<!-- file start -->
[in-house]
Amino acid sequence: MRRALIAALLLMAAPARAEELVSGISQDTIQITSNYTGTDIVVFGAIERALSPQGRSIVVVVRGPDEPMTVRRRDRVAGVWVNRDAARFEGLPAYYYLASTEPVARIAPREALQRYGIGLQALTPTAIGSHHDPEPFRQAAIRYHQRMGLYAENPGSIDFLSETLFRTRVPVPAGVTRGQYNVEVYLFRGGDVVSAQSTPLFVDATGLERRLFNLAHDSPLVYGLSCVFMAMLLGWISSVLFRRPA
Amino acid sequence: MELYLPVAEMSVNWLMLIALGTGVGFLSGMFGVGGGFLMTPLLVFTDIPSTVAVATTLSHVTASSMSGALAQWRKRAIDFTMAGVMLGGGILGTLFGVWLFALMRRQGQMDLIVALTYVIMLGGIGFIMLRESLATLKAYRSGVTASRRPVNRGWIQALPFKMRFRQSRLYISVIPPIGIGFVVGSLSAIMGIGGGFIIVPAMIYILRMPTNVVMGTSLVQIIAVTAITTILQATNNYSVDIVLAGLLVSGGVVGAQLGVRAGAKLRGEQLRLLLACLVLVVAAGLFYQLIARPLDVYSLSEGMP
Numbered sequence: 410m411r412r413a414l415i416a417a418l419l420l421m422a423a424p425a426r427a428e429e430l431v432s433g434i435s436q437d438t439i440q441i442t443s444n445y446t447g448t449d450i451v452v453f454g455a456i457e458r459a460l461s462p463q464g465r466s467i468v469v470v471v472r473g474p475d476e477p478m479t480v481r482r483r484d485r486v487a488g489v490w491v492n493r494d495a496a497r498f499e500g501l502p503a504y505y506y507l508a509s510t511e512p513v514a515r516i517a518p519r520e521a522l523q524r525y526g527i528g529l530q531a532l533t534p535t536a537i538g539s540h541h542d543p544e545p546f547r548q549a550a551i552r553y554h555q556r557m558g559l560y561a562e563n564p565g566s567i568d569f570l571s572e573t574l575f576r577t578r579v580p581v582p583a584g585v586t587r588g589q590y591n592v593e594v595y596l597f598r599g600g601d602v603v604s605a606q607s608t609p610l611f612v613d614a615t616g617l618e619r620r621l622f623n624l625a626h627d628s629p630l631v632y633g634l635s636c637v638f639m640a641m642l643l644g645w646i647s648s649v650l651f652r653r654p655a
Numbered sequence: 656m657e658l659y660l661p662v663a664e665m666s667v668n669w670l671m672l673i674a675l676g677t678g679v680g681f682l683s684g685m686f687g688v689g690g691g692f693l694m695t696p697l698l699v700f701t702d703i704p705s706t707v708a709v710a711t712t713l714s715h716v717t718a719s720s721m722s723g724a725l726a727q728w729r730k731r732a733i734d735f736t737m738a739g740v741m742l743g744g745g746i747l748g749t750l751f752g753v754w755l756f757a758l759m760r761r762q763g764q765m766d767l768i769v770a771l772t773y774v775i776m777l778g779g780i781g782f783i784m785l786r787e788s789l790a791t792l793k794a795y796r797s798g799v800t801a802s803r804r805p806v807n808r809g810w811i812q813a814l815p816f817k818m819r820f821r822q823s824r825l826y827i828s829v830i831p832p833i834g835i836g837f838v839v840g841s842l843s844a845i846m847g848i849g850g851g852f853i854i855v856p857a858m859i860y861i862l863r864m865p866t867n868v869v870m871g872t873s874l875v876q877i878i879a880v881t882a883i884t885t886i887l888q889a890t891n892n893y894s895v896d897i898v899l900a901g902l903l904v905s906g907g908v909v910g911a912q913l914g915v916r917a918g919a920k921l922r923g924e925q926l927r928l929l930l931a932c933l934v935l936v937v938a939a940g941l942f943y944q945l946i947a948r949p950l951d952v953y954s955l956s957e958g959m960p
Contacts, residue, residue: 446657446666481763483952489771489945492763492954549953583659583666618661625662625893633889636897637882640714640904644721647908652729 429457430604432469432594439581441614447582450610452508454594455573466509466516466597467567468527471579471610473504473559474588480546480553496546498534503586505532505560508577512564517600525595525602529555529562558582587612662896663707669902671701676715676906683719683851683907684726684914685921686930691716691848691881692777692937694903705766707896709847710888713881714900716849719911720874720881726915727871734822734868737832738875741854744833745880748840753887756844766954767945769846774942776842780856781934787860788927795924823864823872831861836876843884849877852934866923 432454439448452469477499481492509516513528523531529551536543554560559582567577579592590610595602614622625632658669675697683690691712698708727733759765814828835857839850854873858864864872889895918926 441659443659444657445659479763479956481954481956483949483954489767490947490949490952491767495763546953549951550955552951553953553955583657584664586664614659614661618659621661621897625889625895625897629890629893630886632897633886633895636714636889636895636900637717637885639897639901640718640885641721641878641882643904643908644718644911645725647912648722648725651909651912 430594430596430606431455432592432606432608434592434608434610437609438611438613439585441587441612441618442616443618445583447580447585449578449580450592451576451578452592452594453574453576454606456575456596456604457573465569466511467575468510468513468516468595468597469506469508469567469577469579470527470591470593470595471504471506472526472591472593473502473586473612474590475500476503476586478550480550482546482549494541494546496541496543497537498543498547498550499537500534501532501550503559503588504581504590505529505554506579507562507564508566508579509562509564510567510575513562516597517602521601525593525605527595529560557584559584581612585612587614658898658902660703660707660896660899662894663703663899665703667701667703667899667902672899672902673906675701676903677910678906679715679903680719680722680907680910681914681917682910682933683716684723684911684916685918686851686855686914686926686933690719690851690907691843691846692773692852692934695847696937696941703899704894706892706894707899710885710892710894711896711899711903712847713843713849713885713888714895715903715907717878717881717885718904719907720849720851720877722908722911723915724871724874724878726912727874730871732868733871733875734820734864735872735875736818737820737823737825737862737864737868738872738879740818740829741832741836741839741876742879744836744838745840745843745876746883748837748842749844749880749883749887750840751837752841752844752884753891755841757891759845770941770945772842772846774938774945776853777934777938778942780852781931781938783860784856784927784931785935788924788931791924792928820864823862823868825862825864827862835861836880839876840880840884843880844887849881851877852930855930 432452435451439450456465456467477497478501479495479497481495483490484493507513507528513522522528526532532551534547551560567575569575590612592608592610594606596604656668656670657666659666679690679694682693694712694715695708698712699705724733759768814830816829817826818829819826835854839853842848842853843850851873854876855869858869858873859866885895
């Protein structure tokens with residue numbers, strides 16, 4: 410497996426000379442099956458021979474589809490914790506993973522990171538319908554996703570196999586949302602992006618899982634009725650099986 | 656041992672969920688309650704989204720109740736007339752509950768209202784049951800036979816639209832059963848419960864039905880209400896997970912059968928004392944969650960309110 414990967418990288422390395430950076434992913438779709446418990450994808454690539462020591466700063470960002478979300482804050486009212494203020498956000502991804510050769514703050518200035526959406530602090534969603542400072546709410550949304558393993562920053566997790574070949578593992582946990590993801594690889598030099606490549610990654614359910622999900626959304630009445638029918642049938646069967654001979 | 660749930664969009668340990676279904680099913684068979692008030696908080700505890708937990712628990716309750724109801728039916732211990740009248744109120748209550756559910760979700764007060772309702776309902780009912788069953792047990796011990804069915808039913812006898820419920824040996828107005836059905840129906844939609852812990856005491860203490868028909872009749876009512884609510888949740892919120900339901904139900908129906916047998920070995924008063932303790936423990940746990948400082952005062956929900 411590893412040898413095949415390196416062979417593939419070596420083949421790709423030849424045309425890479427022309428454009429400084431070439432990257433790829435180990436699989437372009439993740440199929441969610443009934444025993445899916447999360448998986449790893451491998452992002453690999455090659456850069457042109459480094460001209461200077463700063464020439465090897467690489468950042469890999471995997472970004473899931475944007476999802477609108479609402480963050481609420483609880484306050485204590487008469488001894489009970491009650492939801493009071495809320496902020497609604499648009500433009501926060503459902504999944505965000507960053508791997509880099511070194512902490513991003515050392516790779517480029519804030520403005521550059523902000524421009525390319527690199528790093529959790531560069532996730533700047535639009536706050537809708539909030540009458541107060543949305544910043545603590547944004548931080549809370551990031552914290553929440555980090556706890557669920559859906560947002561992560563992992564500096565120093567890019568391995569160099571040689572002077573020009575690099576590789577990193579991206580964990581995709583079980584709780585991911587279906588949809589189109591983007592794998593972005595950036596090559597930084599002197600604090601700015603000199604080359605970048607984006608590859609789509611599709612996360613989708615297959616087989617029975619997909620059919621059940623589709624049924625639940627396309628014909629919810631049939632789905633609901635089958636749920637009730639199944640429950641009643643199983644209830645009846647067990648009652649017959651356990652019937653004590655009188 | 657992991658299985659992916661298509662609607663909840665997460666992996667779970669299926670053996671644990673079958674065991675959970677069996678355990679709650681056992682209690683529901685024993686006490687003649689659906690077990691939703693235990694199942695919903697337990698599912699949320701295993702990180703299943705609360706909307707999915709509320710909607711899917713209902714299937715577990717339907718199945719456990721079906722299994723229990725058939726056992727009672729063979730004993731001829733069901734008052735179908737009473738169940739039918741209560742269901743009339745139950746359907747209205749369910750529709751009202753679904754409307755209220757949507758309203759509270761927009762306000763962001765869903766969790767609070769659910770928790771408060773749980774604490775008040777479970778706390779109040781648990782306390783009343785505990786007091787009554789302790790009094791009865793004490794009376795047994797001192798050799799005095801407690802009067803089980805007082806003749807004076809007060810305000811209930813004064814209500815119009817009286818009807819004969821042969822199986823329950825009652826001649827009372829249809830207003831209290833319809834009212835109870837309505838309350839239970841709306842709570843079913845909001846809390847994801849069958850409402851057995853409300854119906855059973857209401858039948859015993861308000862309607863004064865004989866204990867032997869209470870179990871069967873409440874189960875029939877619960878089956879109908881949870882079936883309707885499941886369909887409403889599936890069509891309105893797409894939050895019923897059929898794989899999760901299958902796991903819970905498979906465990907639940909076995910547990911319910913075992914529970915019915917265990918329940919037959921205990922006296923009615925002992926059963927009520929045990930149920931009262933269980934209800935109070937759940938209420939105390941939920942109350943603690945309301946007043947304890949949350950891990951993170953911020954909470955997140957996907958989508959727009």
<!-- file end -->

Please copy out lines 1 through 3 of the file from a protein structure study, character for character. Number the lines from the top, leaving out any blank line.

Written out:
[in-house]
Amino acid sequence: MRRALIAALLLMAAPARAEELVSGISQDTIQITSNYTGTDIVVFGAIERALSPQGRSIVVVVRGPDEPMTVRRRDRVAGVWVNRDAARFEGLPAYYYLASTEPVARIAPREALQRYGIGLQALTPTAIGSHHDPEPFRQAAIRYHQRMGLYAENPGSIDFLSETLFRTRVPVPAGVTRGQYNVEVYLFRGGDVVSAQSTPLFVDATGLERRLFNLAHDSPLVYGLSCVFMAMLLGWISSVLFRRPA
Amino acid sequence: MELYLPVAEMSVNWLMLIALGTGVGFLSGMFGVGGGFLMTPLLVFTDIPSTVAVATTLSHVTASSMSGALAQWRKRAIDFTMAGVMLGGGILGTLFGVWLFALMRRQGQMDLIVALTYVIMLGGIGFIMLRESLATLKAYRSGVTASRRPVNRGWIQALPFKMRFRQSRLYISVIPPIGIGFVVGSLSAIMGIGGGFIIVPAMIYILRMPTNVVMGTSLVQIIAVTAITTILQATNNYSVDIVLAGLLVSGGVVGAQLGVRAGAKLRGEQLRLLLACLVLVVAAGLFYQLIARPLDVYSLSEGMP